Does that line ring a bell? It should if you’ve ever seen the movie The Natural, starring Robert Redford. That’s what Roy Hobbs, his character, says was his dream growing up. By the way, Hobbs wore number 9, just like Ted Williams did.

In fact, Redford said in an interview that Roy Hobbs wears the number 9 in The Natural and hits a home run in his final at-bat because Williams had. “Ted was my hero when I was a kid. He was from California, and I was from California. He was left-handed, and I was left-handed. And I wanted to be a professional ballplayer.” In another interview, Redford, who had played some college ball, said he used a “modified Ted Williams stance” at the plate for the movie.

Everyone wanted to hit the way number 9 did. But that’s not the memorable number everyone connects with Ted Williams.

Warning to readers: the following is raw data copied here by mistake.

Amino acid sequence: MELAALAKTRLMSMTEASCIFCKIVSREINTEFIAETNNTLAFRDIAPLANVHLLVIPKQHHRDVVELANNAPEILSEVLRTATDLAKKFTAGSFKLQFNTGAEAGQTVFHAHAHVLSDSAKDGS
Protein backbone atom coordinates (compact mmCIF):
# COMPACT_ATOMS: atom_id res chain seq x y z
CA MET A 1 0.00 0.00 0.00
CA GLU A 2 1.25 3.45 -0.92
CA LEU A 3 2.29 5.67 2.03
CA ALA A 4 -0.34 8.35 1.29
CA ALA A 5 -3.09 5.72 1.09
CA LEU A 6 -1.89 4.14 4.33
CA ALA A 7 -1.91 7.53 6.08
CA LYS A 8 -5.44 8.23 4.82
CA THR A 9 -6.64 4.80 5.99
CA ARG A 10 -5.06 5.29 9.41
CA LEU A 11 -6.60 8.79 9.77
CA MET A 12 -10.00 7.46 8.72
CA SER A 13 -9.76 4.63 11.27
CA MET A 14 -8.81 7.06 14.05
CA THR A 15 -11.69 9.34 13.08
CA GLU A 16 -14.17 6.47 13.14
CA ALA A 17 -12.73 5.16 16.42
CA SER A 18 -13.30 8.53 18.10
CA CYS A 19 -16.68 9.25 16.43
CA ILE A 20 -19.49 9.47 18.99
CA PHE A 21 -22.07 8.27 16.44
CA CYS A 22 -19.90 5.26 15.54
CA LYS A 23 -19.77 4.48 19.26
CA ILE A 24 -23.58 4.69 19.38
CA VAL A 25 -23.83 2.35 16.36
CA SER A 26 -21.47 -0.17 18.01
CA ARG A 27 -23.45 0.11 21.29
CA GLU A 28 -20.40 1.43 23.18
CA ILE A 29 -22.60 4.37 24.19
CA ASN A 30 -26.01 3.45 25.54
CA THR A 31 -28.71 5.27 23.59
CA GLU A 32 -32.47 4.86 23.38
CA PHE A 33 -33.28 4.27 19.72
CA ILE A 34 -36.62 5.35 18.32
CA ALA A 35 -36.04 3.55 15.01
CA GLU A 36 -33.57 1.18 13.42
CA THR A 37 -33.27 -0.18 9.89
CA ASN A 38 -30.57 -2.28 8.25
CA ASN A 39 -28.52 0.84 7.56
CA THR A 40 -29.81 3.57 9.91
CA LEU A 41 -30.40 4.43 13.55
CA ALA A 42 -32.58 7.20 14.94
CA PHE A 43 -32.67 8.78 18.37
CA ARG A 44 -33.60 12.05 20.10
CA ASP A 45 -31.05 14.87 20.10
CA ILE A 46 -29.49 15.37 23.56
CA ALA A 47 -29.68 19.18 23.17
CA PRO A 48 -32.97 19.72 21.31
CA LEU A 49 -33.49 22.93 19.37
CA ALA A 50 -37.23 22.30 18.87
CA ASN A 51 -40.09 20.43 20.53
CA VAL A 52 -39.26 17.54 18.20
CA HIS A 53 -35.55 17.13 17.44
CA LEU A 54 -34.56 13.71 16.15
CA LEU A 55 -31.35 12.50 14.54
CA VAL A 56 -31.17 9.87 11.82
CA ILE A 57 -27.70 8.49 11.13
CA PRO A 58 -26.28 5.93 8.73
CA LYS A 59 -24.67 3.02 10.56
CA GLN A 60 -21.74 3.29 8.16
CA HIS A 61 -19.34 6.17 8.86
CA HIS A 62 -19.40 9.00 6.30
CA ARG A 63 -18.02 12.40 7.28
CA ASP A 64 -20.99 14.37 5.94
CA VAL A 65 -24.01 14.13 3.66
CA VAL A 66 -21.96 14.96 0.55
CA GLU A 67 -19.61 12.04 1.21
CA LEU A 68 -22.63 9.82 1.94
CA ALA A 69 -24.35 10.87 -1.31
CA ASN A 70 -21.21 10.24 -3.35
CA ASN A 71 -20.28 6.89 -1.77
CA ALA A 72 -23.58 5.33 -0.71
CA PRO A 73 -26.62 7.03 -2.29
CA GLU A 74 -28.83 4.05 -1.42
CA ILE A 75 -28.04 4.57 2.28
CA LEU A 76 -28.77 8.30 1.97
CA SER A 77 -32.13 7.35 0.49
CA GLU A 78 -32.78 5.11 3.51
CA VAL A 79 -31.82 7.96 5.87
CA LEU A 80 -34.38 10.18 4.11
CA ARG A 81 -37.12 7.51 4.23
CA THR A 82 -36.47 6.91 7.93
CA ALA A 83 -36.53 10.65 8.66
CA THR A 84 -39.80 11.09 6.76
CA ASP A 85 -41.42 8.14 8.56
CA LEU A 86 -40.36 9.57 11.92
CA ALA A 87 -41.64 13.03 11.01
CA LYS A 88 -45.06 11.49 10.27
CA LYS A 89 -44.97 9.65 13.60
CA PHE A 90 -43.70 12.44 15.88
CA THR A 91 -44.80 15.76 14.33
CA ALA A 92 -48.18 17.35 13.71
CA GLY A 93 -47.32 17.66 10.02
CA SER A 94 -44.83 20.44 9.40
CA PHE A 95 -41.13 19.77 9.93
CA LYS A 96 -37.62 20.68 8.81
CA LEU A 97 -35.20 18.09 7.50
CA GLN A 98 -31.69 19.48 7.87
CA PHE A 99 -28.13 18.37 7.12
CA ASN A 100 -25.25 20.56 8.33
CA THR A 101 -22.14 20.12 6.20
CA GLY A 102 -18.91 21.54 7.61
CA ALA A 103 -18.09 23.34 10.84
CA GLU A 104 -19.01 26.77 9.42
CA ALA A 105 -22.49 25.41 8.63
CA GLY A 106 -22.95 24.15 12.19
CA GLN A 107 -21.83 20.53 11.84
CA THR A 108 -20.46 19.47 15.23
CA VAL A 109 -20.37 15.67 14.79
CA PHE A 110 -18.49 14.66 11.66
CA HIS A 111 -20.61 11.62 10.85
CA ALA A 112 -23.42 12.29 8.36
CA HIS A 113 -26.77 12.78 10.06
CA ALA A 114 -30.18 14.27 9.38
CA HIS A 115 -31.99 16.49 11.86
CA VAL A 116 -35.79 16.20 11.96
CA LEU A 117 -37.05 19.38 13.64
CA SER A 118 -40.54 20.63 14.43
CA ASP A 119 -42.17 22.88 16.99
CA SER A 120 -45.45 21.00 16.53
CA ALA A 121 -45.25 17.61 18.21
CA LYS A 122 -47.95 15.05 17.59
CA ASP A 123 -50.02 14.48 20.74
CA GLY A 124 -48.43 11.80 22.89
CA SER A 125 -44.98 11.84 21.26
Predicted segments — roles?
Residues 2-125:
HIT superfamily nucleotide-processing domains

The number everyone knows: .406

Williams entered the Majors in 1939 at the ripe age of 20, playing for the Boston Red Sox. He was a long way from his hometown, San Diego, California. A year earlier, he had driven from California to Florida to make Spring Training and arrived late. When he finally showed up, the clubhouse attendant said, “The Kid is here.”

The Kid was ready for the Majors. In his rookie season, he hit .327, belted 31 homers and drove in 145 runs to lead the League, the first rookie to do so at the time. He came in fourth for the Most Valuable Player award. The next year, he batted .344 with 43 doubles, 14 triples and 195 hits.

Two years later, however, he made history with an average that’s held for the past 81 seasons.

Image courtesy of the Ted Williams Foundation